Queen Elizabeth is set to sit down with President Donald Trump and his wife, Melania, on Friday, the monarch's latest meeting with a sitting U.S. president during her more than 66 years on the throne.
On Friday, following tradition, the queen will host the Trumps at Windsor Castle. In 2016, Prince Philip personally drove the queen and the Obamas to the castle for their meeting.
ABC News’ Eva Pilgrim spoke with ABC News Royalty Consultant Alastair Bruce about the history and importance of the U.S.-U.K. relationship, what the queen is like as a hostess, and of course, what they might serve for tea.
Has Queen Elizabeth met with every president since she ascended the throne in 1952?
Alastair Bruce: Lyndon Johnson she didn’t manage to meet. But, you know, for the queen, who’s been head of state since she was 25, and she’s now in her 90s -- every president has had the chance to meet with her and she with them. Because the relationship between the United Kingdom and the United States is so strong.
The queen and President Trump will meet at Windsor Castle. How do logistical challenges affect royal-presidential meeting locations?
Bruce: I think there tends to be a very precise way of locking down a large number of streets in order to protect the president of the United States, and we don’t do that so much here in the United Kingdom.
And so I suppose sometimes it’s made sense, like when [President] Ronald Reagan came, and when [President Barack] Obama came on his last visit, to go to Windsor Castle because it’s in the middle of nowhere. It’s the queen’s sort of very special place. And yet it’s such an incredibly ancient and historic castle in its own right.
What is it like for the queen to open her home and let world leaders into her life?
Bruce: Her life is a very different kind of life because she is the queen of this country and she can never not be that, and so it’s always been part of her existence that she interacts with this sort of person.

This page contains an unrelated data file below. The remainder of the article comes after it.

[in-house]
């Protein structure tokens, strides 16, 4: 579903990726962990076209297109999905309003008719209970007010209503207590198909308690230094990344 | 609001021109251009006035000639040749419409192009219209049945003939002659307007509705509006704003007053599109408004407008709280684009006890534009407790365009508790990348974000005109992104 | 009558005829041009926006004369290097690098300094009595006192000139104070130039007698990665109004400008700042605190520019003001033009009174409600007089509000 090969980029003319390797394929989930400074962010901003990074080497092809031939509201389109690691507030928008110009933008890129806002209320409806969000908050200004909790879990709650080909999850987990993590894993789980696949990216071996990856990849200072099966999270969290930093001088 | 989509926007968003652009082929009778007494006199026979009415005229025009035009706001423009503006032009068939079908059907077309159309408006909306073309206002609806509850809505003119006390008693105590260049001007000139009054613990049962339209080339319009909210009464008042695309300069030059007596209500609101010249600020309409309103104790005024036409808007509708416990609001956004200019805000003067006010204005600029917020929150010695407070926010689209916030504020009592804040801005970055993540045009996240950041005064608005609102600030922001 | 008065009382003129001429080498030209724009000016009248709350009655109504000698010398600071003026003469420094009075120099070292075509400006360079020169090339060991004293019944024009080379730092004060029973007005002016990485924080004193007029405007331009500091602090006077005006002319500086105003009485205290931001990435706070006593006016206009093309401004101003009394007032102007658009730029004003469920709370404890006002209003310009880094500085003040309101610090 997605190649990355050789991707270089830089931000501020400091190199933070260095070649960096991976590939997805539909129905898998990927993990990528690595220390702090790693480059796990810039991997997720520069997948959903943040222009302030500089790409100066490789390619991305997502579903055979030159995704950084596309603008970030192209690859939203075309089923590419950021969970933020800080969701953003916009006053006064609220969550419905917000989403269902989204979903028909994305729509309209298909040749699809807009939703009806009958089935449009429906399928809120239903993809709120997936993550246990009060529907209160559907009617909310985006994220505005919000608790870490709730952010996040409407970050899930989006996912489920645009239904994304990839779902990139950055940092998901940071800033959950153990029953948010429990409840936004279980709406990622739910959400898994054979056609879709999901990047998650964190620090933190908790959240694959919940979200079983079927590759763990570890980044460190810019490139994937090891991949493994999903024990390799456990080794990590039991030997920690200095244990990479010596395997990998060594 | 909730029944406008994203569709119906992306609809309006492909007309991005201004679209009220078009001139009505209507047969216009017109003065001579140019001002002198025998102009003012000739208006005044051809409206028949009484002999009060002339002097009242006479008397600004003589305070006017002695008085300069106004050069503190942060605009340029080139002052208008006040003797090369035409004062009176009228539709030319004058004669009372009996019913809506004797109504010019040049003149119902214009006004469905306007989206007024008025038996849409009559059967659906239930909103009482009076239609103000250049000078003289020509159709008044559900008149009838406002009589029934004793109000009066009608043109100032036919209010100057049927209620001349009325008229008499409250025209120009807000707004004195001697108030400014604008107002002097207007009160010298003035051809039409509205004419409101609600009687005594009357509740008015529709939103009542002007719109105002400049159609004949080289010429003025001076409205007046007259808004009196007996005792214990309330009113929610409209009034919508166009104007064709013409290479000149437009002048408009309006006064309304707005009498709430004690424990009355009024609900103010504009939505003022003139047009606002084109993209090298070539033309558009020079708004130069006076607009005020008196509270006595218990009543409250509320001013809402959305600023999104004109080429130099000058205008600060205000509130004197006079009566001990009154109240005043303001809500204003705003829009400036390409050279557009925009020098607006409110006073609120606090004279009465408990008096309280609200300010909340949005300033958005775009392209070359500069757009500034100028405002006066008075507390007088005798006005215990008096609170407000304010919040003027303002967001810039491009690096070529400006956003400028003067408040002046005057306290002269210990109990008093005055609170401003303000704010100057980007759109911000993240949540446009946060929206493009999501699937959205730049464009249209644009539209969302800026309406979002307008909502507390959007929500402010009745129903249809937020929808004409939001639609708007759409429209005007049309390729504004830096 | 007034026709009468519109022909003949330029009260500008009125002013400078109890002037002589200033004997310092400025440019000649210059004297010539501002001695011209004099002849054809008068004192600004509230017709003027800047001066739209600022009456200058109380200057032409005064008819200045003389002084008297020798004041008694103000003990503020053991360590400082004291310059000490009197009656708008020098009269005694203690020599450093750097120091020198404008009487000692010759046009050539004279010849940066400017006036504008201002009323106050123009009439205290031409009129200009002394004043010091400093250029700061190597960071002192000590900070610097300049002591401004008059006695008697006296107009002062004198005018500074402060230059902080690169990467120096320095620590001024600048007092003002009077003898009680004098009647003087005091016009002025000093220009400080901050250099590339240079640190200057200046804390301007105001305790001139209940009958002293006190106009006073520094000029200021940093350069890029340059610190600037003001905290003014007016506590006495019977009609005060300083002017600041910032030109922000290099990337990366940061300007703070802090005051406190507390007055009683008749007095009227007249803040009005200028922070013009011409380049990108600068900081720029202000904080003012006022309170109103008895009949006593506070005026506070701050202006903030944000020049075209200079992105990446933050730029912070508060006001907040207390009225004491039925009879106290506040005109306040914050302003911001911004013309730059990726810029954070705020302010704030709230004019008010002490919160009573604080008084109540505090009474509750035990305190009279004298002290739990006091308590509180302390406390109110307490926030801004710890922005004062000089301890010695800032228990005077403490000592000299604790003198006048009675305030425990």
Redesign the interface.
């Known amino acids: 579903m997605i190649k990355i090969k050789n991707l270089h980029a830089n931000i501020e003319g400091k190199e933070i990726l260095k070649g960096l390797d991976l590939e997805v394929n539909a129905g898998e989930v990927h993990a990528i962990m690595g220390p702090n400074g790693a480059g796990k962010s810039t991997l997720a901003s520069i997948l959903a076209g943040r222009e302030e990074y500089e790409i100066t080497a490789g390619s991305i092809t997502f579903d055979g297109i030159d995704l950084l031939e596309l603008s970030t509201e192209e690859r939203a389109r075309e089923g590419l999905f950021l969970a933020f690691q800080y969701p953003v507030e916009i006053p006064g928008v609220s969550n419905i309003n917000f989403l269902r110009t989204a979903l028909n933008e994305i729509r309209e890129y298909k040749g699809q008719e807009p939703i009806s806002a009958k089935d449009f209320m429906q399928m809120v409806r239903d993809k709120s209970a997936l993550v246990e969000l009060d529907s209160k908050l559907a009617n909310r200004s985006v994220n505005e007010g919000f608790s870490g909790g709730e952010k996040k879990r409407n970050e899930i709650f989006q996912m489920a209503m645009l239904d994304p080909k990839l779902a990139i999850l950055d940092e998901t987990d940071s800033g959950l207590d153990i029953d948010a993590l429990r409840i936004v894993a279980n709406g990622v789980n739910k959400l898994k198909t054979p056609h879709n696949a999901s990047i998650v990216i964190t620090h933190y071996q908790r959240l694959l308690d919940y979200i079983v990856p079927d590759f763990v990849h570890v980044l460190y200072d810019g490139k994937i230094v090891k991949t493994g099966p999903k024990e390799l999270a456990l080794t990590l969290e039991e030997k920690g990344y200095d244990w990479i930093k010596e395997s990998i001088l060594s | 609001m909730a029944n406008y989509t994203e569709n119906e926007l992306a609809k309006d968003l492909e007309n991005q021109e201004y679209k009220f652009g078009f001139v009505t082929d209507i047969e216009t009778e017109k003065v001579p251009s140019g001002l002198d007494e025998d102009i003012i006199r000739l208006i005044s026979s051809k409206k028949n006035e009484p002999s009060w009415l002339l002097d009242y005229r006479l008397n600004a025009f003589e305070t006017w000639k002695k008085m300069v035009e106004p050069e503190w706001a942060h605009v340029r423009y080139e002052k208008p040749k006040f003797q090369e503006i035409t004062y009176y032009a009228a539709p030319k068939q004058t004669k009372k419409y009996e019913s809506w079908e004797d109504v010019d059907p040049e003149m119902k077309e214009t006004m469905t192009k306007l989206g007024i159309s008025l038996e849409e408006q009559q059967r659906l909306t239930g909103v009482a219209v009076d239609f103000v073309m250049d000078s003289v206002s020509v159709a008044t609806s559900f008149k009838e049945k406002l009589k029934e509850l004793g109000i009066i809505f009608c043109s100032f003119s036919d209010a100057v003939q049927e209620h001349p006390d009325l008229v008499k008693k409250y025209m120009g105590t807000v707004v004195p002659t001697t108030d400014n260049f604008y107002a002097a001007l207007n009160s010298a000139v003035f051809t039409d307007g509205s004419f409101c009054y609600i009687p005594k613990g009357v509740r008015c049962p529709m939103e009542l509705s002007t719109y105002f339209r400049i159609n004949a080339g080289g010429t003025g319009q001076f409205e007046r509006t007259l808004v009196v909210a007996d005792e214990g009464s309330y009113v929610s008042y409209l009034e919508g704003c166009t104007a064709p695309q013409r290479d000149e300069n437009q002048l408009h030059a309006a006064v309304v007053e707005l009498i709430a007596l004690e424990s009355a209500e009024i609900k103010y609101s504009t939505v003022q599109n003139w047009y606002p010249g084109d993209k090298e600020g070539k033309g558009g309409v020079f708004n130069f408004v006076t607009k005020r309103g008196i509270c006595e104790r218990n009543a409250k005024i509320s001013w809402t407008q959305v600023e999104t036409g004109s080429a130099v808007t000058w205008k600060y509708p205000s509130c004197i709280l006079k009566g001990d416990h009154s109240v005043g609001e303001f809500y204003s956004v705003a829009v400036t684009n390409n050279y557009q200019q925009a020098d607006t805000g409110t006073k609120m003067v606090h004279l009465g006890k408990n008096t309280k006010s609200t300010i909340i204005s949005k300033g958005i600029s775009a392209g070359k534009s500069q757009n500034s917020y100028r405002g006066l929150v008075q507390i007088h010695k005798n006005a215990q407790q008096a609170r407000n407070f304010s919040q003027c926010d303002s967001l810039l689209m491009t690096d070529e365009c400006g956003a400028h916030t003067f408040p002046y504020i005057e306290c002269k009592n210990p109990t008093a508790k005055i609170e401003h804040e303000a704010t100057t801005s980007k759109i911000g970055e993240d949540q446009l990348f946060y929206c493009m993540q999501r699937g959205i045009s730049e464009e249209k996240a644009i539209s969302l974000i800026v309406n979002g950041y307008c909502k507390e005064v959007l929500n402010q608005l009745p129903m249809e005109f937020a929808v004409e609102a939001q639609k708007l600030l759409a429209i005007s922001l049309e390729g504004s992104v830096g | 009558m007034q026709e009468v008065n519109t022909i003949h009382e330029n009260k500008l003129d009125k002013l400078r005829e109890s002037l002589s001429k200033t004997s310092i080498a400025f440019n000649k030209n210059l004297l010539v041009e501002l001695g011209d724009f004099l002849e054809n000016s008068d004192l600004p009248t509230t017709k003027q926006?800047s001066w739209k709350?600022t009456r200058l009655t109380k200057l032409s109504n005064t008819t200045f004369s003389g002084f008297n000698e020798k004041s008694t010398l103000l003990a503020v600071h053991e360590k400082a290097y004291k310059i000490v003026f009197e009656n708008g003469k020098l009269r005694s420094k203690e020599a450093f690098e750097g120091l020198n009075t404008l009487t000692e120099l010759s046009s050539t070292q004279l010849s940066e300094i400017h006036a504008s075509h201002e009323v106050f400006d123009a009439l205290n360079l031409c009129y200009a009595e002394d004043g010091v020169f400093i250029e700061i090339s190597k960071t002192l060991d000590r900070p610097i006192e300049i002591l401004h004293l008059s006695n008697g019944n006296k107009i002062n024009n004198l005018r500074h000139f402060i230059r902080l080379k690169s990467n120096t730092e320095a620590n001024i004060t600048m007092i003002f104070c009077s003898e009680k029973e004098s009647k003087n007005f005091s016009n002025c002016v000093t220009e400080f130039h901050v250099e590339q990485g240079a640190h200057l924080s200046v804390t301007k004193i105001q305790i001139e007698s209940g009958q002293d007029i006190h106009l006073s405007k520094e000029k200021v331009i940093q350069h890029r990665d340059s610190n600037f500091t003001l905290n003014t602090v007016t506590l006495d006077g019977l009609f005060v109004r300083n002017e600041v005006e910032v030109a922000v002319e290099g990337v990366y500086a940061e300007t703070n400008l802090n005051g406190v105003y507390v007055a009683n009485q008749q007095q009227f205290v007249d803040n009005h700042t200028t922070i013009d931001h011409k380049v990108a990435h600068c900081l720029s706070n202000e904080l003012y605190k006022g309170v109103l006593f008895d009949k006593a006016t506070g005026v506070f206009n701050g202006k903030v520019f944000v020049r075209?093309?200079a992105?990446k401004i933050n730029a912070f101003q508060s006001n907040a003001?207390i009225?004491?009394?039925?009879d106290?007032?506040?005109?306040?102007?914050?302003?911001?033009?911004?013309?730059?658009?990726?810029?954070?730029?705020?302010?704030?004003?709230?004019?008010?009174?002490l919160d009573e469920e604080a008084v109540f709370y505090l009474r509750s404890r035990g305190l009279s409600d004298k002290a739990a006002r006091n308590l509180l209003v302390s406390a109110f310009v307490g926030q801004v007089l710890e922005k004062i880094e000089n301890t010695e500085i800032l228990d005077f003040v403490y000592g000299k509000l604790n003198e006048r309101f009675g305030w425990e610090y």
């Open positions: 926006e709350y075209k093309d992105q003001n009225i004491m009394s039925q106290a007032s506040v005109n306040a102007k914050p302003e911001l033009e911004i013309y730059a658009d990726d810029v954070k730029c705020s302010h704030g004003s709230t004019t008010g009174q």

When she was young, [President Dwight] Eisenhower was here in Britain, commanding the Allied troops about to go to D-Day. And the king, her father, said to him, 'Do you want to go and have a look around Windsor Castle?' So, then a few weeks later, the king and queen were actually in the garden. They heard voices coming. And the king remembered, 'Oh my goodness -- Eisenhower is coming!'
They didn’t want to embarrass him, so the king and queen and the two princesses -- that includes the [current] queen -- hid behind a hedge 'til they were gone. [They] didn’t want Eisenhower to feel uncomfortable.
How will President Trump and the queen spend their time together?
Bruce: We believe that the President will go and have a cup of tea with the queen. You see, you couldn’t do anything more British than that.
How formal will their meeting be?
Bruce: The queen is completely relaxed. If you’re a guest of hers, she will put you at her ease. And she makes the tea herself, and she will pour him his cup of tea and they can have a jolly good gossip.
You know, the queen’s never been brought up with too much deference. She is queen, but she gets on and does things for herself in the way that you do and I do.
The thing about the queen is that she is terribly relaxed with people. She’s a bit shy, I would venture. But you know, she’s met people all her life.
And she’s got this trick -- she never asks a difficult question.
Will they be alone?
Bruce: There will be dogs around. You see, the queen loves her dogs, and they will be around at tea, and she will be able to use the dogs to make sure there’s something to talk about.
What is the significance of the U.S.-British relationship to the strength of the monarchy?
Bruce: Well, you’re speaking English, and I’m speaking English. And it reminds us of that link, despite the fact that we’re divided by this massive ocean, our histories go back -- I mean, it hasn’t always been easy.
And the queen is forebear. [King] George III was head of state when the break between the colonies and this mother country of Great Britain occurred. And the queen, of course, carries on that office of kingship that George III had.
And yet, all that aside, when you think what the nations have been through, not least the defeat of Hitler in the 1940s, I mean that was a huge battle for everyone.
What have the queen's past meetings with U.S. presidents taught you about her?
Bruce: Just look at how comfortable the queen is in situations like that. When you have the visit by President Obama last time, and his wife, they were met by the queen and Prince Phillip in a car that the two of them were driving. You know, this was a very comfortable way of welcoming a president and his wife, and that probably doesn’t always happen to presidents of the United States. It’s normally much grander and more formal.
But the queen and the Duke of Edinburgh were welcoming the Obamas because they were on their own territory, their own home. And they met them with their car and said, 'Push over, you know, you get in the back.' And the queen was in the back of the car, and the Duke of Edinburgh drove them to the castle.
The queen knows that she is doing this for the United States. She knows that she’s welcoming President Trump on behalf of the United Kingdom. And that’s a really important role.
It’s a great privilege for her too. And you know, Britain’s got this amazing history bringing the head of state of our oldest ally into that environment. You know, it’s part of what the queen does.
Editor's note: This interview has been edited and condensed for clarity.